You may end up with under-performers for a long time.

Myth 8: “I don’t worry. Conservative stocks do not swing much”

It is possible for anything to swing these days.

There are no guarantees.

Don’t be content about your portfolio.

Myth 9: “It’s been so long, but nothing has happened”

Be patient.

The day after you are fed up with waiting and sell is going to be the day the prices soar.

Myth 10 “Look how much I’ve lost: I should have bought it earlier!”

You’ll not lose money if you postpone buying.

If you think like this, you’re likely to turn desperate and err.

Myth 11: “I should not have missed it. I’ll try to get the next one."

If you miss it, let it go.

Myth 12: “The stock’s high, so my predictions are right.”

Don’t ever decide on swings. Just because a stock changes, doesn’t imply your predictions were right or wrong.

Only time can tell this.

One up on Wall Street recap

The individual investor can beat the pros at their own game because the game is rigged in the favor of the amateur.

Use your consumption habits and your 9-5 to identify investing opportunities in companies where you have an edge over the rest of the investing community.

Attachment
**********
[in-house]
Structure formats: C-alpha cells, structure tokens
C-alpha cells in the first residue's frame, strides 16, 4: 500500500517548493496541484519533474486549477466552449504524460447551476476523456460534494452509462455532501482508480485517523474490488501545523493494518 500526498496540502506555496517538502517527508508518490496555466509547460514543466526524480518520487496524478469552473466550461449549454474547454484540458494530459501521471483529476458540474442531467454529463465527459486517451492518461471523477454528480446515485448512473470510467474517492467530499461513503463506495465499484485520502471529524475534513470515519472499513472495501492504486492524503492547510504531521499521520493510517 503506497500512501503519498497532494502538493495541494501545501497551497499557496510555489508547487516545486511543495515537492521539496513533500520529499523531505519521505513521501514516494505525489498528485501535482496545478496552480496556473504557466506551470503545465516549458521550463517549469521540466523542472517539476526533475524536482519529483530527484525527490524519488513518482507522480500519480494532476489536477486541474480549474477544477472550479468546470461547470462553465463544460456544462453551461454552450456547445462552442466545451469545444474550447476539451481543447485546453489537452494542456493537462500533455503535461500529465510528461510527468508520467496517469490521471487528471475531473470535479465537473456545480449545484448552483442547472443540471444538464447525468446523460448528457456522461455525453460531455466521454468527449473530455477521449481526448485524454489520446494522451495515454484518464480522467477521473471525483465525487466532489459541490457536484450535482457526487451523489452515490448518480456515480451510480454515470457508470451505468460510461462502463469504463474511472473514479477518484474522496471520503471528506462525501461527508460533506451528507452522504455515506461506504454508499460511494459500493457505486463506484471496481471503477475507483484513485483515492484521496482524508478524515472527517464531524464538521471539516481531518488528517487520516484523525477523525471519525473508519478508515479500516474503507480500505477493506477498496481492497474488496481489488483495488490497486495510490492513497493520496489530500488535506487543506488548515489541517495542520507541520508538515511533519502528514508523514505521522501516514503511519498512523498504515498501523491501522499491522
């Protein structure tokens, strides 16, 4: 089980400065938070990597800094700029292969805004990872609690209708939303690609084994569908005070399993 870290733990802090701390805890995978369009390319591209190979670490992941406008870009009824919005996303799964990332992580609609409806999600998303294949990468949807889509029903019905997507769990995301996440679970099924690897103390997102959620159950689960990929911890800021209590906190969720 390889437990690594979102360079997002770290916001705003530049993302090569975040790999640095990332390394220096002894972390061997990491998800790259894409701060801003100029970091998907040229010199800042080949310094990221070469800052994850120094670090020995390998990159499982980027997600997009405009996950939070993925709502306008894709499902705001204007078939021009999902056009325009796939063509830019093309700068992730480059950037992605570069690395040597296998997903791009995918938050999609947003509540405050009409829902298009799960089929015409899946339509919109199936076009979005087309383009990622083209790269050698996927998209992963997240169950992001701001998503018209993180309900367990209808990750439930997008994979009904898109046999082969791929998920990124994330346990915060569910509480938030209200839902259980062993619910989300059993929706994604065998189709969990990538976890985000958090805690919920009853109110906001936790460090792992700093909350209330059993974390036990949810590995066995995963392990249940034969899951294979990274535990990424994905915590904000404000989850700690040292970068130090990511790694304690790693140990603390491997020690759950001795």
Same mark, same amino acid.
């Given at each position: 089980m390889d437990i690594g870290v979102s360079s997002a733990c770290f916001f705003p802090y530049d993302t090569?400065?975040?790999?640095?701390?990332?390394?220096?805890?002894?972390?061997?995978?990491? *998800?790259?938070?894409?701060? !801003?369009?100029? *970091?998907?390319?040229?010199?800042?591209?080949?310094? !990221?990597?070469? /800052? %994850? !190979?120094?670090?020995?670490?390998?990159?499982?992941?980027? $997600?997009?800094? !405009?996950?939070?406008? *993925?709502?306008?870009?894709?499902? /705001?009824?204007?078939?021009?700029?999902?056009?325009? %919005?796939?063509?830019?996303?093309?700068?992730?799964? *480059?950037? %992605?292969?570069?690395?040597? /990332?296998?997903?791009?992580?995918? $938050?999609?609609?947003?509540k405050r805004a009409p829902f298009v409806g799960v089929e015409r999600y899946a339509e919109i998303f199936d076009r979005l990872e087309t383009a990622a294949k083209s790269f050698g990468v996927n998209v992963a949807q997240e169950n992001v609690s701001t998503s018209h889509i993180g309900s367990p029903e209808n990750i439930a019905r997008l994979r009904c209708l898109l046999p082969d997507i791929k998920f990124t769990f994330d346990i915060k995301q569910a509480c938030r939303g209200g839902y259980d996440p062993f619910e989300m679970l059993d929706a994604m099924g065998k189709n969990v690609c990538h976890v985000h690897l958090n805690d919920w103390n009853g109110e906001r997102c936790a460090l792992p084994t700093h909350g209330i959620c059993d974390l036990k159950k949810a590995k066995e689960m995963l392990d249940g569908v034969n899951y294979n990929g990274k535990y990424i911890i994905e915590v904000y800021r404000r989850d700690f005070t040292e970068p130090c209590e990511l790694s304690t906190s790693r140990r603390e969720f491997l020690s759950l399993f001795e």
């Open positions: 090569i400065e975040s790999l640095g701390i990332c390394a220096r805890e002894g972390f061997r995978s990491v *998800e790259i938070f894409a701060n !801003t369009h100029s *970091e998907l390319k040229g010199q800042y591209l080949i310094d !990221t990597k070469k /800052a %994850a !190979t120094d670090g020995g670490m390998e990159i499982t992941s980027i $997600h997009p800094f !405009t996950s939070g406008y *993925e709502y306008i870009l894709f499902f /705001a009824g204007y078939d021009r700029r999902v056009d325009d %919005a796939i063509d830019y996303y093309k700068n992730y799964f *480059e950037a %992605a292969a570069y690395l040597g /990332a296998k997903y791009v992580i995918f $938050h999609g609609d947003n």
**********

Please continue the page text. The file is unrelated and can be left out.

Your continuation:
All investment opportunities aren't created equal.

You can usually categorize them into one or more of the following 6: slow growers, stalwarts, fast growers, cyclicals, turnarounds and/or asset plays.

There are general positive traits of a stock, such as a dull business, recurring revenues and insider buying.

Our Thoughts from More Money Malaysia

Although we do believe that investing in stocks yourself can be a very profitable thing to do, it can also be a very emotional thing to do.

It also requires a really good understanding of the company, but more importantly, yourself.

One Up on Wall Street does a great job showing you just how much basic information you will need in order to begin learning how to become a value investor.

However, if you're not interested in spending all the time and energy learning this, we suggest you go with investing in index funds or with a robo advisor.

Action Steps

Now that you know what the main lessons are in One Up on Wall Street, here is the only next steps.

  1. Determine whether you will spend the time required to learn value investing.

    Learning value investing will take hours each day for the next year before you are ready to invest like a pro.
    Are you willing to put that time in or would you rather spend your time doing other things?
    If you are interested in learning value investing, then go through all our videos around investing and start reading the books.
    Otherwise, invest using robo advisors or by yourself with index funds.